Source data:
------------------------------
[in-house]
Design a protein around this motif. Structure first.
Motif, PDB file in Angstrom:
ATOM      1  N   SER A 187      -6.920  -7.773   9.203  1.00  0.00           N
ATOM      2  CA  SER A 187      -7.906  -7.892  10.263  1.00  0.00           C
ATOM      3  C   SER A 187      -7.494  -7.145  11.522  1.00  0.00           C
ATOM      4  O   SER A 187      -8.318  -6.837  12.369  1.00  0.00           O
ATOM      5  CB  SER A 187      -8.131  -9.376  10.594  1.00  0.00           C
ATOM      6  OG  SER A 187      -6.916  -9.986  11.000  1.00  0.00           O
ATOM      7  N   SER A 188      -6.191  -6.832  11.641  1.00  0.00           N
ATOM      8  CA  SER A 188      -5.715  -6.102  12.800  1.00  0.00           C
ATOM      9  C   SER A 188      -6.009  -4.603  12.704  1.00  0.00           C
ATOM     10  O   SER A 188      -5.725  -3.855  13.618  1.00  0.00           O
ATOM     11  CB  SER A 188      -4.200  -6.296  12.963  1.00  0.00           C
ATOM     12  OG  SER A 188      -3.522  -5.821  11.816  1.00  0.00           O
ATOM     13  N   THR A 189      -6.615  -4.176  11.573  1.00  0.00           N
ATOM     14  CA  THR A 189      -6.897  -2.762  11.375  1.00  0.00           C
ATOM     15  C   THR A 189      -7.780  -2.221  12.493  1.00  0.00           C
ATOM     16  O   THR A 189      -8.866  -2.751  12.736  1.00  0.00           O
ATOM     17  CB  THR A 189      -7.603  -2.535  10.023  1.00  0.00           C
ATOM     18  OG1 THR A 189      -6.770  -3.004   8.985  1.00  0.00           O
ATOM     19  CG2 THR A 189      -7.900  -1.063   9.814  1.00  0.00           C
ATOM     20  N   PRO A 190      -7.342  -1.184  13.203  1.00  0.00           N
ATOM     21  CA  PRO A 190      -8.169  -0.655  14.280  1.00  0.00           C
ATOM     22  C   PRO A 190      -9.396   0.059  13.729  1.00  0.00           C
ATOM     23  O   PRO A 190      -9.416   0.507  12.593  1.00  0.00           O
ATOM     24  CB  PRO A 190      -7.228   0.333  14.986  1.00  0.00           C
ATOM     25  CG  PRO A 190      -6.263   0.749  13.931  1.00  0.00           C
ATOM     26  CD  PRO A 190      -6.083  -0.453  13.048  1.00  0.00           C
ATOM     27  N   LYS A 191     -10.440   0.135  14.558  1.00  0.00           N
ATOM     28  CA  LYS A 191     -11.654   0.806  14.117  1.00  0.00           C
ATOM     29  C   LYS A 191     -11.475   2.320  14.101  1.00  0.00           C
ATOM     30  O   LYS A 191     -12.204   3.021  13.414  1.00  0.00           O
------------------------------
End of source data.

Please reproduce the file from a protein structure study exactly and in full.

[in-house]
Design a protein around this motif. Structure first.
Motif, PDB file in Angstrom:
ATOM      1  N   SER A 187      -6.920  -7.773   9.203  1.00  0.00           N
ATOM      2  CA  SER A 187      -7.906  -7.892  10.263  1.00  0.00           C
ATOM      3  C   SER A 187      -7.494  -7.145  11.522  1.00  0.00           C
ATOM      4  O   SER A 187      -8.318  -6.837  12.369  1.00  0.00           O
ATOM      5  CB  SER A 187      -8.131  -9.376  10.594  1.00  0.00           C
ATOM      6  OG  SER A 187      -6.916  -9.986  11.000  1.00  0.00           O
ATOM      7  N   SER A 188      -6.191  -6.832  11.641  1.00  0.00           N
ATOM      8  CA  SER A 188      -5.715  -6.102  12.800  1.00  0.00           C
ATOM      9  C   SER A 188      -6.009  -4.603  12.704  1.00  0.00           C
ATOM     10  O   SER A 188      -5.725  -3.855  13.618  1.00  0.00           O
ATOM     11  CB  SER A 188      -4.200  -6.296  12.963  1.00  0.00           C
ATOM     12  OG  SER A 188      -3.522  -5.821  11.816  1.00  0.00           O
ATOM     13  N   THR A 189      -6.615  -4.176  11.573  1.00  0.00           N
ATOM     14  CA  THR A 189      -6.897  -2.762  11.375  1.00  0.00           C
ATOM     15  C   THR A 189      -7.780  -2.221  12.493  1.00  0.00           C
ATOM     16  O   THR A 189      -8.866  -2.751  12.736  1.00  0.00           O
ATOM     17  CB  THR A 189      -7.603  -2.535  10.023  1.00  0.00           C
ATOM     18  OG1 THR A 189      -6.770  -3.004   8.985  1.00  0.00           O
ATOM     19  CG2 THR A 189      -7.900  -1.063   9.814  1.00  0.00           C
ATOM     20  N   PRO A 190      -7.342  -1.184  13.203  1.00  0.00           N
ATOM     21  CA  PRO A 190      -8.169  -0.655  14.280  1.00  0.00           C
ATOM     22  C   PRO A 190      -9.396   0.059  13.729  1.00  0.00           C
ATOM     23  O   PRO A 190      -9.416   0.507  12.593  1.00  0.00           O
ATOM     24  CB  PRO A 190      -7.228   0.333  14.986  1.00  0.00           C
ATOM     25  CG  PRO A 190      -6.263   0.749  13.931  1.00  0.00           C
ATOM     26  CD  PRO A 190      -6.083  -0.453  13.048  1.00  0.00           C
ATOM     27  N   LYS A 191     -10.440   0.135  14.558  1.00  0.00           N
ATOM     28  CA  LYS A 191     -11.654   0.806  14.117  1.00  0.00           C
ATOM     29  C   LYS A 191     -11.475   2.320  14.101  1.00  0.00           C
ATOM     30  O   LYS A 191     -12.204   3.021  13.414  1.00  0.00           O